Down with Foucault, Derrida, and others whose bastard child you are!
I would return triumphant, having rescued Poetry, so frail and waif-like,
To restore her to her proper place among the thousands of words written, beloved and admired.
I would restore poetics to poetry.
Undaunted, and determined, I decided to take a new tack with my students. I had been delving into Howard Gardner's theories of multiple intelligences so I began to read aloud to my students. I would then ask them what they heard, and, more importantly, what pictures the words and phrases evoked for them, forcing them to participate in the experience of the literary event and appealing to both the visual and auditory senses simultaneously. I used Hawthorne's “The Hollow of the Three Hills,” a brief and magnificent short story which is a tour de force of literary genius. Hawthorne employs sound, motion, synesthesia, the tactile and the visual to weave his spell.
My students had not read this story before I handed it to them in photocopy form. Like Owen Warland's butterfly, I sent the words of Hawthorne the artist out among my students. They read silently as I read aloud. I stopped at key moments in the three-page story to ask them to react purely on the observable: describe where we were, who the narrator was, who the two women were and what images Hawthorne had used to build this picture. For example:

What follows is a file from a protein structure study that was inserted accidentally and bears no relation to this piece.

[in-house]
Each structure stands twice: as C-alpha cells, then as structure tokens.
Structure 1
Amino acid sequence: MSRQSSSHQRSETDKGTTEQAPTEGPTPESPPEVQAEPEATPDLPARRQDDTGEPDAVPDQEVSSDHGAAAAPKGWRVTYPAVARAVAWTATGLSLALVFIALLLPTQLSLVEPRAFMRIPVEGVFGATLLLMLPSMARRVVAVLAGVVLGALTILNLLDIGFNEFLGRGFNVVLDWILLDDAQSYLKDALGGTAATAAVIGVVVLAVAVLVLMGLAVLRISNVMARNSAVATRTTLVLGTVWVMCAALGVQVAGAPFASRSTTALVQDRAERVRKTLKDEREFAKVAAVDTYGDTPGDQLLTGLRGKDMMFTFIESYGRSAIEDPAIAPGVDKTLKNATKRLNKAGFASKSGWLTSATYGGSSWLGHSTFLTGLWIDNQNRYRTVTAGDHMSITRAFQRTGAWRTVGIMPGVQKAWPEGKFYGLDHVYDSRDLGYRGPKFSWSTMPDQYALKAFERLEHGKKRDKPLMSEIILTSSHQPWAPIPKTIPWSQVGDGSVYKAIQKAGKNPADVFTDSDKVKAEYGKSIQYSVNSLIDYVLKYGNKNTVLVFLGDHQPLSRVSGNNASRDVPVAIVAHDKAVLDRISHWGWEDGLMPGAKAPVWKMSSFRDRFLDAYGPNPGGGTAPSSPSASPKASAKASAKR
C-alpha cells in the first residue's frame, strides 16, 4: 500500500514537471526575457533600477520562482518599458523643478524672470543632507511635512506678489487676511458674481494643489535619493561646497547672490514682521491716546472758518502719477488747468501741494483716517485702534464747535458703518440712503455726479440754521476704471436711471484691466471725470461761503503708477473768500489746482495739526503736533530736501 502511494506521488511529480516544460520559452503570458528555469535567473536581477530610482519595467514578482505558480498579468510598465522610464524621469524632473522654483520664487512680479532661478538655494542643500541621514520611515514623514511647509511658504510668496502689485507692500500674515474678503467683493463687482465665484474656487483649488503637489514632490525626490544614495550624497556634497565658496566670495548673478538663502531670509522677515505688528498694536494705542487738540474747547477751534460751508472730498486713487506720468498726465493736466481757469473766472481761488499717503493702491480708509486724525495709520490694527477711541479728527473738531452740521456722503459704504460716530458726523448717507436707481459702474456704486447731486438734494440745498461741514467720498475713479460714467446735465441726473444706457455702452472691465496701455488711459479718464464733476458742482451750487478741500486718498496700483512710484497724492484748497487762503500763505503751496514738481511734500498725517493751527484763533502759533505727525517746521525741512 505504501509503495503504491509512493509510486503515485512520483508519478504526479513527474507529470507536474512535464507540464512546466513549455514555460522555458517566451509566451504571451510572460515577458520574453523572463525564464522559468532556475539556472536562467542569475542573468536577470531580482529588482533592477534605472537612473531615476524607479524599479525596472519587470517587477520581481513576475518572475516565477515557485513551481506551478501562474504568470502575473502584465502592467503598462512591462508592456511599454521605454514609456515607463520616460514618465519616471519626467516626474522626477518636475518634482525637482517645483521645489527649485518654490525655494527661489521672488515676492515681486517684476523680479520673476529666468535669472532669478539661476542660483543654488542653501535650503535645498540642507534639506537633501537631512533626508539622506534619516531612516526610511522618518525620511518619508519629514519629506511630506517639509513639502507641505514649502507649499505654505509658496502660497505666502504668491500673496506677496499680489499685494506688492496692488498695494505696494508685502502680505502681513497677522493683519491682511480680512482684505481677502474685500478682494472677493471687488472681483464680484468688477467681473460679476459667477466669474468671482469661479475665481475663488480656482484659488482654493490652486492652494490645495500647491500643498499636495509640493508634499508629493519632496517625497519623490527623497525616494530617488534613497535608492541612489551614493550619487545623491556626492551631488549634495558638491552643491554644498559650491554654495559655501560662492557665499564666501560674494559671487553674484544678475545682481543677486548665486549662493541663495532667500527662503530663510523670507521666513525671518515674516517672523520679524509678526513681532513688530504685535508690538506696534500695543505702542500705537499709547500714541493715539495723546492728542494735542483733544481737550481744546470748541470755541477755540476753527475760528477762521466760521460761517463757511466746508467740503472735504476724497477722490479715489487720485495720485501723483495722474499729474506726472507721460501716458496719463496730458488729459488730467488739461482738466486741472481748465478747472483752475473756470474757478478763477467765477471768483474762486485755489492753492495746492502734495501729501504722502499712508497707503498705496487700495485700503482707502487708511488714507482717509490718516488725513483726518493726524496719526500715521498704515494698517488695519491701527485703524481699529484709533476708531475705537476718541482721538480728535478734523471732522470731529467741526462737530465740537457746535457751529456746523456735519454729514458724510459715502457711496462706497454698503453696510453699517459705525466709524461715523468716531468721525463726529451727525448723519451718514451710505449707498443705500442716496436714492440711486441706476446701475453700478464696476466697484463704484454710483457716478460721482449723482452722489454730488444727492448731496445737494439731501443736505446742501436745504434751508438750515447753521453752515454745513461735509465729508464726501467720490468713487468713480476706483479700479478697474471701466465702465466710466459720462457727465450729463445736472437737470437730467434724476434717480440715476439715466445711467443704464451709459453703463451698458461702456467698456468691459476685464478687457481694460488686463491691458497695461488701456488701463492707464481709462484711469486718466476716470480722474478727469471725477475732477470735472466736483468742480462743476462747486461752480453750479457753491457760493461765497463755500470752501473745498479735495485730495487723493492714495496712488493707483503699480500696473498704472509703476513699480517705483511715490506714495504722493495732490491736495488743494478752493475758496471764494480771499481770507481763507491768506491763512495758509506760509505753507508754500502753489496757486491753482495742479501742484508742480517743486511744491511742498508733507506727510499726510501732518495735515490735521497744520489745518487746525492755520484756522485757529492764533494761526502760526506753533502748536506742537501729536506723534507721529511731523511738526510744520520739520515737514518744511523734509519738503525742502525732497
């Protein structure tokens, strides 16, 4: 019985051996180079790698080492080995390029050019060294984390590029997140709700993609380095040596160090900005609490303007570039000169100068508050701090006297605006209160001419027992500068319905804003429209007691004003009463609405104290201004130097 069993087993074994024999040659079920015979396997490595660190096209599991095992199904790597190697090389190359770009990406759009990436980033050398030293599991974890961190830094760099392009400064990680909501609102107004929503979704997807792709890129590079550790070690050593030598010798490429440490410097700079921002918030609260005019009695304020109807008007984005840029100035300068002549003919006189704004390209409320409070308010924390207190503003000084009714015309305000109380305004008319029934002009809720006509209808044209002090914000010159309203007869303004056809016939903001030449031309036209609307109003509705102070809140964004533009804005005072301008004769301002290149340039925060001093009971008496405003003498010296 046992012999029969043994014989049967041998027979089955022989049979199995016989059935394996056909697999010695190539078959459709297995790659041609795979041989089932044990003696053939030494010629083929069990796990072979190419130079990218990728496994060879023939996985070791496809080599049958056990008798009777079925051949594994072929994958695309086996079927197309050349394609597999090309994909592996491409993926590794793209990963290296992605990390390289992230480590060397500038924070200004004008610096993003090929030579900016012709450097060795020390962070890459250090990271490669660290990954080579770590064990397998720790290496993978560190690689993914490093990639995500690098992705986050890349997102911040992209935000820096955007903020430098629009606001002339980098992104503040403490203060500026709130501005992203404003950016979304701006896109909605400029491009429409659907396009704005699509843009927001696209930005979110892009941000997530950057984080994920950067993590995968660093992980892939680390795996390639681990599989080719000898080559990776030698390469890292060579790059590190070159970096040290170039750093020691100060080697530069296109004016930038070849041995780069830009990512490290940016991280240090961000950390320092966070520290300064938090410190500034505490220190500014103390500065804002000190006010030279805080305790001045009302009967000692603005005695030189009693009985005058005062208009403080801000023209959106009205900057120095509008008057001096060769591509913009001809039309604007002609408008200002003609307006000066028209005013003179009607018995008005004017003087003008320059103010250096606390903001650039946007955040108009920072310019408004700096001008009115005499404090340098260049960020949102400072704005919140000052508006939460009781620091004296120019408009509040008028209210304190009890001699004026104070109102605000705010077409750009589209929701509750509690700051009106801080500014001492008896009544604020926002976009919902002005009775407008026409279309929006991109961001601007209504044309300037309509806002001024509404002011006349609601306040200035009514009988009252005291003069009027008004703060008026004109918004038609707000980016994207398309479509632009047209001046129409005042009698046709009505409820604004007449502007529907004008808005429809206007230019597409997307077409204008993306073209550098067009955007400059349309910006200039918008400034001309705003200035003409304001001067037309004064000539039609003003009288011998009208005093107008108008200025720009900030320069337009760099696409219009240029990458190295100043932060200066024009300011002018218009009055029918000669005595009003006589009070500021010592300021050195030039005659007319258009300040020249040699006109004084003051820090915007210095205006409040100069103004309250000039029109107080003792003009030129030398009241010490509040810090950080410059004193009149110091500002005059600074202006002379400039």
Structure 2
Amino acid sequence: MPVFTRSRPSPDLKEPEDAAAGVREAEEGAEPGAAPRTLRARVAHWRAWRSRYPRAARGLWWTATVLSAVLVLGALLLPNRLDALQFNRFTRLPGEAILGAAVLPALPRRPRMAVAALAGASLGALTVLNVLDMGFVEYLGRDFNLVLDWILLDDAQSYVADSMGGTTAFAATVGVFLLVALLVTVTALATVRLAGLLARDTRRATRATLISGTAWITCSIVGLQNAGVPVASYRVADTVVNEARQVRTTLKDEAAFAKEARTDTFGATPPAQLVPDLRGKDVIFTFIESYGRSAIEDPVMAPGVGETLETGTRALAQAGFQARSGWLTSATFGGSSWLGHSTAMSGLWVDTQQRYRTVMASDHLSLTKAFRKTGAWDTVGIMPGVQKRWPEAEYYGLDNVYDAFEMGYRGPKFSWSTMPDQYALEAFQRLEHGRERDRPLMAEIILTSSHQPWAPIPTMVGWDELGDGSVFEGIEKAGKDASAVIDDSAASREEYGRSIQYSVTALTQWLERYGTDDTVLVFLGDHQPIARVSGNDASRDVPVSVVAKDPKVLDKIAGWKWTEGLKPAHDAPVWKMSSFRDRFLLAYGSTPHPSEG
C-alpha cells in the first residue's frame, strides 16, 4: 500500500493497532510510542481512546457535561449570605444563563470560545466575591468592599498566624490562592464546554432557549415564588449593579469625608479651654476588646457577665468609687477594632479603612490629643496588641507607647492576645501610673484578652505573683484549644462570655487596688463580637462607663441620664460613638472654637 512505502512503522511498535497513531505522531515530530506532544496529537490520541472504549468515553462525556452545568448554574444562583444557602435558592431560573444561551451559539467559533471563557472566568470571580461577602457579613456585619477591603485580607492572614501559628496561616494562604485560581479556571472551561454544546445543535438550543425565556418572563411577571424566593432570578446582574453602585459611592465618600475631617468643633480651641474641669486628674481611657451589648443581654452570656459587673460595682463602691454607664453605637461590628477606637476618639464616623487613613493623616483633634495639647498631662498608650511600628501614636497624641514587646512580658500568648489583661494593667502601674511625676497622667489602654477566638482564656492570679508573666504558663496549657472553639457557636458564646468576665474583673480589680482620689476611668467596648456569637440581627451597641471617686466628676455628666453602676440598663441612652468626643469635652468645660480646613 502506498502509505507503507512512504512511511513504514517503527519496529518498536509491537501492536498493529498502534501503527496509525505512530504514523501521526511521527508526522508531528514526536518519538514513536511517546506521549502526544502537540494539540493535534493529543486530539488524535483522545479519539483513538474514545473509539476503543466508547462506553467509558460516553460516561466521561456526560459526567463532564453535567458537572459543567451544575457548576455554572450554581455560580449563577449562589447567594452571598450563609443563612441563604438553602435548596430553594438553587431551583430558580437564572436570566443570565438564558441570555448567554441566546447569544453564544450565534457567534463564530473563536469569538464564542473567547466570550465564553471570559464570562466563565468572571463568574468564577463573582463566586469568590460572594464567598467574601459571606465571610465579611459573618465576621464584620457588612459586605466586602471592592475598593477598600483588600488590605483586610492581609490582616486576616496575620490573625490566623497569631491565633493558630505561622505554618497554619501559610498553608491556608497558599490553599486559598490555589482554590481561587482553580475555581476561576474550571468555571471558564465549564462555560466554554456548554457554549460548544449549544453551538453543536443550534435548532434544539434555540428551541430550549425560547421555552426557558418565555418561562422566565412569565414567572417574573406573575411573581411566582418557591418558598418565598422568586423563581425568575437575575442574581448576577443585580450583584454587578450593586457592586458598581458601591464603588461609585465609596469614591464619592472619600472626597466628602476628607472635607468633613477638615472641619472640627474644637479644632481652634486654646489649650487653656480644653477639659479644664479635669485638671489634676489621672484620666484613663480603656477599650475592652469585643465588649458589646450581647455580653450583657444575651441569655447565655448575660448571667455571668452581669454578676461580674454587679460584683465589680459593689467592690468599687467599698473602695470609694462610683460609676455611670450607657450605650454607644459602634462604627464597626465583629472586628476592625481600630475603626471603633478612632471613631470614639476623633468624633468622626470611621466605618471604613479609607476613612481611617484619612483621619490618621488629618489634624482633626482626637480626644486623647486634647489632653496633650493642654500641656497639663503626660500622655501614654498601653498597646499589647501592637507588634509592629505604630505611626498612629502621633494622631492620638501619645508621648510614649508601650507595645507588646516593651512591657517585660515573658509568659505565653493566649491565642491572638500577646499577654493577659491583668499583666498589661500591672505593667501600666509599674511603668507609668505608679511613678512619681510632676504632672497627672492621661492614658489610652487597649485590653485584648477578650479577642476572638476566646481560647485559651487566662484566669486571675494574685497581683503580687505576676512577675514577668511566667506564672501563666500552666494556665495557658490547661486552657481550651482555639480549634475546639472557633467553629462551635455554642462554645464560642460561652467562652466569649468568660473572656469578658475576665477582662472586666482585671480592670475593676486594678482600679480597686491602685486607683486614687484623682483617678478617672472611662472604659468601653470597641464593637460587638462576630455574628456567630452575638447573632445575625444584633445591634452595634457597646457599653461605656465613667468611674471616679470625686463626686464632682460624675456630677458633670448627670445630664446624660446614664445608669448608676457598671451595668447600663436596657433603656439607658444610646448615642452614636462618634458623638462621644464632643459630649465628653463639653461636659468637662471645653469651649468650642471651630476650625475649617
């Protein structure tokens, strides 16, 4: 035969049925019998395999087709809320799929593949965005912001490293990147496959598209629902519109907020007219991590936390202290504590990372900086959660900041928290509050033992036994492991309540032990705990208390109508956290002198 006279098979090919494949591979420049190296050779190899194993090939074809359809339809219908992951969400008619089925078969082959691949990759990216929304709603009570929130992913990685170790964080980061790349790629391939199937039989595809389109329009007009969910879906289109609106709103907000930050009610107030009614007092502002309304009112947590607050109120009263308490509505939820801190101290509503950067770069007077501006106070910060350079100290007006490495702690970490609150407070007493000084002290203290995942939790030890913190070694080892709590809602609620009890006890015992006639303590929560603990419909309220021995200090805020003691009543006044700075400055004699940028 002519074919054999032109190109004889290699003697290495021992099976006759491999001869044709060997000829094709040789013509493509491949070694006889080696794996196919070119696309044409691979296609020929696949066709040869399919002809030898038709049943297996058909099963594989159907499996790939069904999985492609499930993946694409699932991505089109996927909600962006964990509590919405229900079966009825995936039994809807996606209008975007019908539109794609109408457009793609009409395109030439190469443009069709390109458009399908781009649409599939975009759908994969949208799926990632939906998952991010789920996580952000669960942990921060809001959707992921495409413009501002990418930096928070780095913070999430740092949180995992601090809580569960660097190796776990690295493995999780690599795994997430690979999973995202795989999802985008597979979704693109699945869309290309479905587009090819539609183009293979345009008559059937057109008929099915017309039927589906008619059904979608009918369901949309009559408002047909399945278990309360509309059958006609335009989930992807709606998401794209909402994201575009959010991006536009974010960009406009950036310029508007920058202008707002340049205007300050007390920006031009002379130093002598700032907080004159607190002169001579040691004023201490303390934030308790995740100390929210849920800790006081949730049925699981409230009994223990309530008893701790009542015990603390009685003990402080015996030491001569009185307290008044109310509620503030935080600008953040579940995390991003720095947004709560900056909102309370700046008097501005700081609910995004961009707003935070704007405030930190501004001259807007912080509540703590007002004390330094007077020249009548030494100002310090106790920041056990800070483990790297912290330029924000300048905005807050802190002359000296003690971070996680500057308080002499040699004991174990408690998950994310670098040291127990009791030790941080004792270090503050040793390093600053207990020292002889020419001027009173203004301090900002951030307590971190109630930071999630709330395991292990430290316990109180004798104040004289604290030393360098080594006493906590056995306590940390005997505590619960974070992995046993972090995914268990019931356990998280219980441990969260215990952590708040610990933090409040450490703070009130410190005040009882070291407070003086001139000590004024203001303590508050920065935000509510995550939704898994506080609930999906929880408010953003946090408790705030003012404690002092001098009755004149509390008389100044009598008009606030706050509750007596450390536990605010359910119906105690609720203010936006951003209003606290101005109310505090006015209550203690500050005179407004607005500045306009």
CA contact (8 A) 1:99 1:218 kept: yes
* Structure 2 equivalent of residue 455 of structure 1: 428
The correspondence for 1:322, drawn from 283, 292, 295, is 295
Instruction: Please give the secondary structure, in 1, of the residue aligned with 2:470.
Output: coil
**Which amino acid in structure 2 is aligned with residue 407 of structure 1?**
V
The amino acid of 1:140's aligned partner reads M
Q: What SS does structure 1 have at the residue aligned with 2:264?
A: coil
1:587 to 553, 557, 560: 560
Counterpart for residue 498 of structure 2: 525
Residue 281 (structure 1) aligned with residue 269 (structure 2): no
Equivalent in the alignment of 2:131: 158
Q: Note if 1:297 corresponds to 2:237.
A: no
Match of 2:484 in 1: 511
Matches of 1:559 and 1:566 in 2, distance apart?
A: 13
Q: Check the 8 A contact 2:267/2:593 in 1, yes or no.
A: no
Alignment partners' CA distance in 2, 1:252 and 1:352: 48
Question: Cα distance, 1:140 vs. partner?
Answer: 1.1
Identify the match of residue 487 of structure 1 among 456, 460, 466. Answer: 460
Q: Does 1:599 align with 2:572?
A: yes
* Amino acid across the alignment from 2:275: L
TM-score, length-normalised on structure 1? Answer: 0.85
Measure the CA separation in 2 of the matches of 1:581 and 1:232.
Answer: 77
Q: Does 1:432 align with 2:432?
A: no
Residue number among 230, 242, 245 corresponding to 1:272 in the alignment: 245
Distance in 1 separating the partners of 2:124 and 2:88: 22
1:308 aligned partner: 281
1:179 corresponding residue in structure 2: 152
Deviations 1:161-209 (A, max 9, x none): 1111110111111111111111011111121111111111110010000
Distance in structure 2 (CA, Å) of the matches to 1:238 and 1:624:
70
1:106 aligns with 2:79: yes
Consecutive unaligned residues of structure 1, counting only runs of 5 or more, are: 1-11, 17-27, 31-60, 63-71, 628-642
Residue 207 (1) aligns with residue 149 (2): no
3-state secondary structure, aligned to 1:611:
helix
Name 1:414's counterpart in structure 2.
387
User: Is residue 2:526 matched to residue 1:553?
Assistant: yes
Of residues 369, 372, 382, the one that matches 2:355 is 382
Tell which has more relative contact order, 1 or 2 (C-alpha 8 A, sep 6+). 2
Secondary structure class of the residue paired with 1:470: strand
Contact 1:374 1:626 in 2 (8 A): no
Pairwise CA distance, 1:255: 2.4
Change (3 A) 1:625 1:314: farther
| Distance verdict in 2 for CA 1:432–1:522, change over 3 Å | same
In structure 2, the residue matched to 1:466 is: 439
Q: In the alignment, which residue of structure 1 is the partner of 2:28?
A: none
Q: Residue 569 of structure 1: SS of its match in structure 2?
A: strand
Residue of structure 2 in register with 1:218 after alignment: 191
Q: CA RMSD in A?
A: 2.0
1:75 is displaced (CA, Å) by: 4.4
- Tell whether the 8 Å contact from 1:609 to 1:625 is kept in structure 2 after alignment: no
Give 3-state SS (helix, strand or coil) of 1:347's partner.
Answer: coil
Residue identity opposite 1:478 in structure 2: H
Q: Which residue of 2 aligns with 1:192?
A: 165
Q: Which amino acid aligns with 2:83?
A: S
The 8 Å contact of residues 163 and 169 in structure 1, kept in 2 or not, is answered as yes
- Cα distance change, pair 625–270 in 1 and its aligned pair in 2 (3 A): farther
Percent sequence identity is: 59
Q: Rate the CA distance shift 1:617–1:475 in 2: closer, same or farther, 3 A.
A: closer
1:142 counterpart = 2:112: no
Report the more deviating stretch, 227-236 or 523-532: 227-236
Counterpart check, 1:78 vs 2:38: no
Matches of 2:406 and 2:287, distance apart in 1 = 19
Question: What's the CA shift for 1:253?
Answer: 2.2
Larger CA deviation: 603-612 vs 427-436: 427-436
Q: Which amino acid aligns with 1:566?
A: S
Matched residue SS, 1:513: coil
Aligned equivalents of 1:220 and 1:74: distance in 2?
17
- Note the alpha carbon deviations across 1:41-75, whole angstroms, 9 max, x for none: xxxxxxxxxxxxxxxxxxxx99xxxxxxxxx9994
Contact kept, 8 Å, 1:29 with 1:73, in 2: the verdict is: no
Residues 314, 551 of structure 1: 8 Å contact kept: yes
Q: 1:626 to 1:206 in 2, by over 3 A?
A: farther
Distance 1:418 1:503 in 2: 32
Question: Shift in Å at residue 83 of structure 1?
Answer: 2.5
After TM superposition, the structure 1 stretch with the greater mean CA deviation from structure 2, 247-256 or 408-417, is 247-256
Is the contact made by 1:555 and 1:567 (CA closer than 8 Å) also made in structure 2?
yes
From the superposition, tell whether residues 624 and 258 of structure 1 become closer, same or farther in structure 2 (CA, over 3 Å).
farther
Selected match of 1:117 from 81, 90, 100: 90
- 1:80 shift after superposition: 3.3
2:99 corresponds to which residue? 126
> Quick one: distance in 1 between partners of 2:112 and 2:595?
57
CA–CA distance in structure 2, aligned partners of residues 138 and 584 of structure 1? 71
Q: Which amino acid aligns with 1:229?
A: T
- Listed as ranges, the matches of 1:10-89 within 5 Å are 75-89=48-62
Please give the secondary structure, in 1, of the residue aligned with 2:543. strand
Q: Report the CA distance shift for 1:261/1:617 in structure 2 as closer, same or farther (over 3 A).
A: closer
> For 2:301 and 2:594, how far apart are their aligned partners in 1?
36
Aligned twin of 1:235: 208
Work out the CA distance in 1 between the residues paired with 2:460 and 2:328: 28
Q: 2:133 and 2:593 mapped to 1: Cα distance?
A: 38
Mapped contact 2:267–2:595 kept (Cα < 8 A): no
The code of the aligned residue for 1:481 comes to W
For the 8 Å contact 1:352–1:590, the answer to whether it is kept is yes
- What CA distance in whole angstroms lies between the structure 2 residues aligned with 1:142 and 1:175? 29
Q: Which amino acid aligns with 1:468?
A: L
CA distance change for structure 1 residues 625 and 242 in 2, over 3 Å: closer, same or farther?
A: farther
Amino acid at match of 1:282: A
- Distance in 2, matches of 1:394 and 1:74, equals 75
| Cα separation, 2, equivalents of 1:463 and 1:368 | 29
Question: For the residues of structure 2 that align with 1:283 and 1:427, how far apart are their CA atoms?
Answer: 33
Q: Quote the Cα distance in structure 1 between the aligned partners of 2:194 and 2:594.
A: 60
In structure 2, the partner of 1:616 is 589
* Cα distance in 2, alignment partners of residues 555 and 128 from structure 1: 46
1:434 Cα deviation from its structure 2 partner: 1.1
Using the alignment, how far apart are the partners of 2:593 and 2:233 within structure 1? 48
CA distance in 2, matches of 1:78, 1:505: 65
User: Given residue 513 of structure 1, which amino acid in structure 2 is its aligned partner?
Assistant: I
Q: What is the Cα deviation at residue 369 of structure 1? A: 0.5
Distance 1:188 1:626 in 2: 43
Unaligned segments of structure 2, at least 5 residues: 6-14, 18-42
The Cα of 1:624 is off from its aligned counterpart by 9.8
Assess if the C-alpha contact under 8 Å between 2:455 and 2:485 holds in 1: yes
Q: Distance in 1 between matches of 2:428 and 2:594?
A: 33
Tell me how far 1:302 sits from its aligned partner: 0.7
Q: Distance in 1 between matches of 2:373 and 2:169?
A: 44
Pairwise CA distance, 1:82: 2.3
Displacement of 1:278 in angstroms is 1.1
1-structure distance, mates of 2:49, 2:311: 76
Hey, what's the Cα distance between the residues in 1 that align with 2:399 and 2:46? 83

For it seemed as if other voices—familiar in infancy, and unforgotten through the many wanderings, and in all the vicissitudes of her heart and fortune—were mingling with the accents of the prayer. At first the words were faint and indistinct, not rendered so by distance, but rather resembling the dim pages of a book, which we strive to read by an imperfect and gradually brightening light. In such a manner, as the prayer proceeded, did those voices strengthen upon the ear; till at length the petition ended, and the conversation of an aged man, and of a woman broken and decayed like himself, became distinctly audible to the lady as she knelt. But those strangers appeared not to stand in the hollow depth between the three hills. Their voices were encompassed and re-echoed by the walls of a chamber, the windows of which were rattling in the breeze; the regular vibration of a clock, the crackling of a fire, and the tinkling of the embers as they fell among the ashes, rendered the scene almost as vivid as if painted to the eye.
After reading this segment, I asked for reactions. One senior in the back of the room summed up her experience with one word: WOW.
Why do we no longer care about or encourage the WOW? Why is the beauty of language, sentence structure, and characterization deconstructed, diluted, and dismissed by the elusive and denuded language of theory that, in some cases, appears to be convoluted, specious tail chasing? Why do we look at the work of literature and morph it through our own “critical lens” so that the distortion that emerges bears little or no resemblance to the original piece?